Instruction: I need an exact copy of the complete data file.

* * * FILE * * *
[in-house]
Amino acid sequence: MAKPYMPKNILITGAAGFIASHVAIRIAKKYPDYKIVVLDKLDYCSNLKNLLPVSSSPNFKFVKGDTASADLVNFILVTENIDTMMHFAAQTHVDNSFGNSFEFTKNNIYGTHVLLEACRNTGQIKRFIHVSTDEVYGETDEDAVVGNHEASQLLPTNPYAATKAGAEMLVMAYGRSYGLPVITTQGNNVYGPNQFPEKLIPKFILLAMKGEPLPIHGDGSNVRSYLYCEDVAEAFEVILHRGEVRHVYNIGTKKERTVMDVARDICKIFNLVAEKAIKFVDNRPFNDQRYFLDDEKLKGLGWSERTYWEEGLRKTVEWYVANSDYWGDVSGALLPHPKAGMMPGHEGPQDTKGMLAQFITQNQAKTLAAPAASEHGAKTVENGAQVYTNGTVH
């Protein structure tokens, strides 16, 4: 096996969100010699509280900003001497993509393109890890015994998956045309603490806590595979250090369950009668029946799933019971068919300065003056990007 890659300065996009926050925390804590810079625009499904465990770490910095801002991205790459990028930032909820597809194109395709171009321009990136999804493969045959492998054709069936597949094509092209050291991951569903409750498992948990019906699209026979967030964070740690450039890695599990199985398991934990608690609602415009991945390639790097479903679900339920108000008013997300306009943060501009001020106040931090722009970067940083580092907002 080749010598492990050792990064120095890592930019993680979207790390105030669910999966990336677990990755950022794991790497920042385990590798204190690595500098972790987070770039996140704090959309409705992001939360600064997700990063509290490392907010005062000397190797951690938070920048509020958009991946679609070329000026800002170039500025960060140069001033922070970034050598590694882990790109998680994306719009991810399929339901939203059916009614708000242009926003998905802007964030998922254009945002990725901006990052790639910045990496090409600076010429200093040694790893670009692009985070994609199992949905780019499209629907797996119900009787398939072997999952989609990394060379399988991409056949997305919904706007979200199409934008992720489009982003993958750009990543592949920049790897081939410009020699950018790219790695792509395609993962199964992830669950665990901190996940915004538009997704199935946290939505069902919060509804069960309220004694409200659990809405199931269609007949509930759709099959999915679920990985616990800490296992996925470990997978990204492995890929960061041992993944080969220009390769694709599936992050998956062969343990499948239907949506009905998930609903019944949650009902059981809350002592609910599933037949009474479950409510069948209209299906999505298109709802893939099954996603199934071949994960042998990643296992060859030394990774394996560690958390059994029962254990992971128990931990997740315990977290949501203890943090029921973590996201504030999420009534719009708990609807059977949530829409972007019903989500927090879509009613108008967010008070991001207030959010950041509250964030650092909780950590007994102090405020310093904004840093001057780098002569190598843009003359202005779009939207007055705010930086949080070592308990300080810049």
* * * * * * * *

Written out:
[in-house]
Amino acid sequence: MAKPYMPKNILITGAAGFIASHVAIRIAKKYPDYKIVVLDKLDYCSNLKNLLPVSSSPNFKFVKGDTASADLVNFILVTENIDTMMHFAAQTHVDNSFGNSFEFTKNNIYGTHVLLEACRNTGQIKRFIHVSTDEVYGETDEDAVVGNHEASQLLPTNPYAATKAGAEMLVMAYGRSYGLPVITTQGNNVYGPNQFPEKLIPKFILLAMKGEPLPIHGDGSNVRSYLYCEDVAEAFEVILHRGEVRHVYNIGTKKERTVMDVARDICKIFNLVAEKAIKFVDNRPFNDQRYFLDDEKLKGLGWSERTYWEEGLRKTVEWYVANSDYWGDVSGALLPHPKAGMMPGHEGPQDTKGMLAQFITQNQAKTLAAPAASEHGAKTVENGAQVYTNGTVH
């Protein structure tokens, strides 16, 4: 096996969100010699509280900003001497993509393109890890015994998956045309603490806590595979250090369950009668029946799933019971068919300065003056990007 890659300065996009926050925390804590810079625009499904465990770490910095801002991205790459990028930032909820597809194109395709171009321009990136999804493969045959492998054709069936597949094509092209050291991951569903409750498992948990019906699209026979967030964070740690450039890695599990199985398991934990608690609602415009991945390639790097479903679900339920108000008013997300306009943060501009001020106040931090722009970067940083580092907002 080749010598492990050792990064120095890592930019993680979207790390105030669910999966990336677990990755950022794991790497920042385990590798204190690595500098972790987070770039996140704090959309409705992001939360600064997700990063509290490392907010005062000397190797951690938070920048509020958009991946679609070329000026800002170039500025960060140069001033922070970034050598590694882990790109998680994306719009991810399929339901939203059916009614708000242009926003998905802007964030998922254009945002990725901006990052790639910045990496090409600076010429200093040694790893670009692009985070994609199992949905780019499209629907797996119900009787398939072997999952989609990394060379399988991409056949997305919904706007979200199409934008992720489009982003993958750009990543592949920049790897081939410009020699950018790219790695792509395609993962199964992830669950665990901190996940915004538009997704199935946290939505069902919060509804069960309220004694409200659990809405199931269609007949509930759709099959999915679920990985616990800490296992996925470990997978990204492995890929960061041992993944080969220009390769694709599936992050998956062969343990499948239907949506009905998930609903019944949650009902059981809350002592609910599933037949009474479950409510069948209209299906999505298109709802893939099954996603199934071949994960042998990643296992060859030394990774394996560690958390059994029962254990992971128990931990997740315990977290949501203890943090029921973590996201504030999420009534719009708990609807059977949530829409972007019903989500927090879509009613108008967010008070991001207030959010950041509250964030650092909780950590007994102090405020310093904004840093001057780098002569190598843009003359202005779009939207007055705010930086949080070592308990300080810049």